Can you talk about your creative process from a practical standpoint? What’s the most important tool in your studio? Do you plan everything out or is it more intuitive?
There are no rules for me. I don’t have a pre-established roadmap. I work intuitively. And, besides, the creative process is part of the mysteries of life.
Music is the most important tool. I’ve always worked with music, and it is from here that the concept of transcribing music into painting came. Between emotions, senses, and pure creation, my “Operas” invite the viewer to contemplation; a unique approach that is quasi-metaphysical.
This year, you presented “The Soothsayer” at the 59th Venice Biennale. Can you tell us about the inspiration for this body of work?
The whole work was conceived as a vast installation revolving around mystery, spirituality, and revelation. I don’t know why I approached the tarot. I’ve never had a tarot card reading, but I’m fascinated by the richness of the images on the cards. There’s everything in the tarot: numerology, astrology, astronomy, alchemy, kabbalism, paganism, and Christianity. Before “The Soothsayer,” I wanted to speak about the emptiness in our existence, a De Chirico-type metaphysical void with its lifeless stations…When we are isolated and no longer have much faith in anything, we begin to question ourselves deep down inside; it’s an essential process of introspection. Then I turned towards the tarot, and from there towards divination. When one loses all hope, one seeks to hold on to the truth. Since we are in the age of artificial intelligence, I decided to connect it with the art of divination. “The Soothsayer” will replace the fortune-teller of yesteryear. It’s an improbable coming together of the spiritual and A.I.
What do you hope viewer’s experience of your work is like? What do you want them to take away with them?
I wanted to talk about magic, about life and color, and an enchanted world. I wanted to give joy because we lacked togetherness. I added many colors, a little magic, playfulness (as in Johan Huizinga’s , play is a part of human nature), humor, and comic strip art. I wanted to combine the spiritual with the playful, the sacred with the profane.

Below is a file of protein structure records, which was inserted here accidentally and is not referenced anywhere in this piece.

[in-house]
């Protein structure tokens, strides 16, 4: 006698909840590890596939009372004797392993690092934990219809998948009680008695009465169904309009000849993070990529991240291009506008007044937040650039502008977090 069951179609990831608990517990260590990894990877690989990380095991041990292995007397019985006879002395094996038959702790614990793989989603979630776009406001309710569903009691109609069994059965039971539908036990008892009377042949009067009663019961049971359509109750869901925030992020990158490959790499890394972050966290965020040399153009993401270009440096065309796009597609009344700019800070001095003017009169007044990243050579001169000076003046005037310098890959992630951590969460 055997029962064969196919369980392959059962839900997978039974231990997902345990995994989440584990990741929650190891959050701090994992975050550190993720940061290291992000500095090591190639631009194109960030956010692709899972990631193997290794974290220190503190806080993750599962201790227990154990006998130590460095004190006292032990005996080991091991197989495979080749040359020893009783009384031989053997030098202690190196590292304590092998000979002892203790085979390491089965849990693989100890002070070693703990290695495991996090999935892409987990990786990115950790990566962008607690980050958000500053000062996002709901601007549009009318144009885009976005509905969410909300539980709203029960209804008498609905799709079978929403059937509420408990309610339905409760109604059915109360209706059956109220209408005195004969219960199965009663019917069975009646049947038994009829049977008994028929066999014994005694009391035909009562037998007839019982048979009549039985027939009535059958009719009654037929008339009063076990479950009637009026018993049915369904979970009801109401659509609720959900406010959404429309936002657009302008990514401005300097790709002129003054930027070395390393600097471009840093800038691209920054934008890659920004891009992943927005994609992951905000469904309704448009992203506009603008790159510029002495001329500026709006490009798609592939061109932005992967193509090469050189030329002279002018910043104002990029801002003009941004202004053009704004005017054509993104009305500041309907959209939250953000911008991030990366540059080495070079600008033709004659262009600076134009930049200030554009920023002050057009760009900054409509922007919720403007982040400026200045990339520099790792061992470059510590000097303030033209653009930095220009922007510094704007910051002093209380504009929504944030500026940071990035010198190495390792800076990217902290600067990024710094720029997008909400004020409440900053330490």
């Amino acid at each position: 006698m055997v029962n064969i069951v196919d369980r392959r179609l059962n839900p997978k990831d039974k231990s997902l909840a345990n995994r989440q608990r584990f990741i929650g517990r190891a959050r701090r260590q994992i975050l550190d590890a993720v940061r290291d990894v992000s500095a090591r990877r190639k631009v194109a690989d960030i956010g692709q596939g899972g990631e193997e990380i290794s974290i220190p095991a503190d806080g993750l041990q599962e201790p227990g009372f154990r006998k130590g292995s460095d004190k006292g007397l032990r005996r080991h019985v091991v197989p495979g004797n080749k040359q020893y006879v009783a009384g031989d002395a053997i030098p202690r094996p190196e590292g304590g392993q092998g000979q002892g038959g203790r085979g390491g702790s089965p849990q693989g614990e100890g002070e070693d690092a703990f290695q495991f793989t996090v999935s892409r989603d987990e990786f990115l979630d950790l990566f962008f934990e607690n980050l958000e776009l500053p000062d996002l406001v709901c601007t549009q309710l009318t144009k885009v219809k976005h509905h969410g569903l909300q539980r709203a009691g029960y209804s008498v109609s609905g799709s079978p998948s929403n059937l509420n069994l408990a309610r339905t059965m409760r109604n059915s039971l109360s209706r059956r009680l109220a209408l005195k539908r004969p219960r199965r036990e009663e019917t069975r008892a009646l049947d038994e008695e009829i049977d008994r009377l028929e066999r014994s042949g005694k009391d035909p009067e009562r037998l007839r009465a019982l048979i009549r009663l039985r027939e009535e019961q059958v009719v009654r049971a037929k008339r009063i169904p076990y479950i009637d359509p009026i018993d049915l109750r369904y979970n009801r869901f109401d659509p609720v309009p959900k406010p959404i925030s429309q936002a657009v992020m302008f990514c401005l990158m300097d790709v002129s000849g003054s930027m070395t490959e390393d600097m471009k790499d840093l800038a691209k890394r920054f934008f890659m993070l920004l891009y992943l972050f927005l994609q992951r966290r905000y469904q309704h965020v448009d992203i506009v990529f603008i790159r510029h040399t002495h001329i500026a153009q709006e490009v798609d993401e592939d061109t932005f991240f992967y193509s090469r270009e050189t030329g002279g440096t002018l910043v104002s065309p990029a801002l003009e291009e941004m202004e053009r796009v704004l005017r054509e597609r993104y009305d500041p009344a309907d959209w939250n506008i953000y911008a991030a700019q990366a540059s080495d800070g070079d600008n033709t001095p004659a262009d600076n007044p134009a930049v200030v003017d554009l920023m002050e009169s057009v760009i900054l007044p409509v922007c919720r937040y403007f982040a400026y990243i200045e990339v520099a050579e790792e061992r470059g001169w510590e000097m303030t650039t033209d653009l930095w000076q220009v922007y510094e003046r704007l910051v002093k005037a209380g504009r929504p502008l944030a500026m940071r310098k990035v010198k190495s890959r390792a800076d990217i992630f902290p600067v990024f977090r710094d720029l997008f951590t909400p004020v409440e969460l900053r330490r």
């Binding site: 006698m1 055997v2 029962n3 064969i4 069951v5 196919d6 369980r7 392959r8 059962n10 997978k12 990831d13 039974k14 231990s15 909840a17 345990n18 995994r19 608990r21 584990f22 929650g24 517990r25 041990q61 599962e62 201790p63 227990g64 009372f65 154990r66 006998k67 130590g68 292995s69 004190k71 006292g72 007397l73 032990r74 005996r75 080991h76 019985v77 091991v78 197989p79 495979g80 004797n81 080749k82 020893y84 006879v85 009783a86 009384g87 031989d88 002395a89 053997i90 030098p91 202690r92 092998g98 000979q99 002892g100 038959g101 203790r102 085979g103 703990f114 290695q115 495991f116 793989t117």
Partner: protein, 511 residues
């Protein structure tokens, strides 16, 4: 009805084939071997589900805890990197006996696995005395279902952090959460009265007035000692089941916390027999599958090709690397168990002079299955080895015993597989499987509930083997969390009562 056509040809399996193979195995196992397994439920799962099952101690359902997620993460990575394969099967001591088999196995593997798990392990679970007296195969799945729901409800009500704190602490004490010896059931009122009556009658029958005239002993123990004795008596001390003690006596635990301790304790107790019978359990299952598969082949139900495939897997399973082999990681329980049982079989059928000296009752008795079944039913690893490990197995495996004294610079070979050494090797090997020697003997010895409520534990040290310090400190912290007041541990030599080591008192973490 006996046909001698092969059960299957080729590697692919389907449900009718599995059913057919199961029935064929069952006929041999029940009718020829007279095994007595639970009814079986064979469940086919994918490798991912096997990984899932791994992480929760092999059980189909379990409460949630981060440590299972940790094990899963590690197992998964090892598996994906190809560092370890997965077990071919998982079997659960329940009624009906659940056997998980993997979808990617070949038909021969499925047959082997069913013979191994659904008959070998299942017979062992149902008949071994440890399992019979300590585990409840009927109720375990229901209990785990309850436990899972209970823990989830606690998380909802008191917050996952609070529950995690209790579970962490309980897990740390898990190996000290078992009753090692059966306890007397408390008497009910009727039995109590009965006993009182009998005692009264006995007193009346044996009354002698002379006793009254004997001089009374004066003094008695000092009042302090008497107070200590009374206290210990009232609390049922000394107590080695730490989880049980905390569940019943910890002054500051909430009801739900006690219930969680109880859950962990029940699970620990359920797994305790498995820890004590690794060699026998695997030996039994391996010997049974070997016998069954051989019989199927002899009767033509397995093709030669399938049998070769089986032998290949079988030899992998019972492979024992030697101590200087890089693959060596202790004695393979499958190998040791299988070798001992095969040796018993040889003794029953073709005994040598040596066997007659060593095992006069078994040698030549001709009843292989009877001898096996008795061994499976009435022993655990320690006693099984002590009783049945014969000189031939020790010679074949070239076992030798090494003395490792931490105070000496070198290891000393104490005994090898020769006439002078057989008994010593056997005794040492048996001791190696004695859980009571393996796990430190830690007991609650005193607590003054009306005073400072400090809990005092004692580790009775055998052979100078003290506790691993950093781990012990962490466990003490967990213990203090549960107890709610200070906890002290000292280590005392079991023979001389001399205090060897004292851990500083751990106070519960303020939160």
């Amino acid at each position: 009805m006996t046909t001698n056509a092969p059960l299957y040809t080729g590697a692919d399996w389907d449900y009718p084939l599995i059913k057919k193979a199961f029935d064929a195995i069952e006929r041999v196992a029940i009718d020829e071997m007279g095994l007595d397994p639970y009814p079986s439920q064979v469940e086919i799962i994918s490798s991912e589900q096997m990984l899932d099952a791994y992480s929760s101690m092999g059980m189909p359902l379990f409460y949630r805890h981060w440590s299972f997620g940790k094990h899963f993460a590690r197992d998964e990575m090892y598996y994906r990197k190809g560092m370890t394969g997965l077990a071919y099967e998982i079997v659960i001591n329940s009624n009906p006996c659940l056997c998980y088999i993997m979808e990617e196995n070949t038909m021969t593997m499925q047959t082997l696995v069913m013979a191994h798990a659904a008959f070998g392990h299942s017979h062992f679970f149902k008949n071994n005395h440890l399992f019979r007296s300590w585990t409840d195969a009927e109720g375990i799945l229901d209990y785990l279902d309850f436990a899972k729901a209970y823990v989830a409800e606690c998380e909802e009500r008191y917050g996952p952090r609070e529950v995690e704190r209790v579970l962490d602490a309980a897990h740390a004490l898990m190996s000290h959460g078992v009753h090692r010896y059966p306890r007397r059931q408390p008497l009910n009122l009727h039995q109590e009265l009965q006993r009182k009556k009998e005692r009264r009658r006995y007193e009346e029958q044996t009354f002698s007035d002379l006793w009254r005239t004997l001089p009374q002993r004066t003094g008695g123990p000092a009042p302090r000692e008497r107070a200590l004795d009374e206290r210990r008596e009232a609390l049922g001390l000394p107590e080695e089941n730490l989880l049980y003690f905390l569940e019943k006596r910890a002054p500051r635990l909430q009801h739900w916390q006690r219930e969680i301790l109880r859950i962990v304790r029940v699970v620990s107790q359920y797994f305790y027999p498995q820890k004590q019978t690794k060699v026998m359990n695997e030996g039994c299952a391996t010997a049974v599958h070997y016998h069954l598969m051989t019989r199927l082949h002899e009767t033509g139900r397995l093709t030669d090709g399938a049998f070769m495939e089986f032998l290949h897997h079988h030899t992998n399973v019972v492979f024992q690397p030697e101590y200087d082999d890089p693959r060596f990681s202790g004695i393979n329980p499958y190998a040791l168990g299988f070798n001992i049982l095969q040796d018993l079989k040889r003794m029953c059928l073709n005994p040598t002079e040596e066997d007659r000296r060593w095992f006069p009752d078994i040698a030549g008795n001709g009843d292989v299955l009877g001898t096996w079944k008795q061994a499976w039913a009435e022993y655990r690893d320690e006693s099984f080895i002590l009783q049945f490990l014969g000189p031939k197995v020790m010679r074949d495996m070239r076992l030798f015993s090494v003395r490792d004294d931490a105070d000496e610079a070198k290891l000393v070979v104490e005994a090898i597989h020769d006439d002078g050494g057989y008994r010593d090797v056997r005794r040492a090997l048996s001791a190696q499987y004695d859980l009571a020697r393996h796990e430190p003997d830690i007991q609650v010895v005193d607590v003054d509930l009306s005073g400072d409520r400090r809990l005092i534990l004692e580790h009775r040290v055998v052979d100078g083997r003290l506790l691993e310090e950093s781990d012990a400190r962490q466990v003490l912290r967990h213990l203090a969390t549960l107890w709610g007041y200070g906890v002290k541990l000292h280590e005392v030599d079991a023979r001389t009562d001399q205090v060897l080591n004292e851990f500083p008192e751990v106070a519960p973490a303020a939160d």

What artists, historical or contemporary, have influenced your work the most?
I was inspired by many artists from different eras. My abstract work was influenced by J. M. W. Turner, especially at the end of his career when his work announces the beginning of abstraction.
And by Clyfford Still, where he best expresses this tearing of the being involved in the creative process.
Speaking of my figurative work, the female body has always been a recurring theme in my paintings. Therefore, I have been very much imbued by the sensuality and opulence of Rubens and the tormented soul of Bacon and Schiele through their depiction of bodies.
I would like to end with this quote from Kant: “Genius is the natural endowment that gives the rule to art.”
What are you currently working on, or hope to work on next?
I am currently finishing the “Flower Power” series that I started before the pandemic, which was interrupted because I was selected to exhibit at the Venice Biennale. The question was: What will “flower power” be in 2020? The days of Jack Kerouac, the Beat generation, and the counterculture revolution of the 1960s are long gone—but have we truly left them in the past?
And I have to finish the whole tarot deck. I already composed the remaining 56 minor arcana.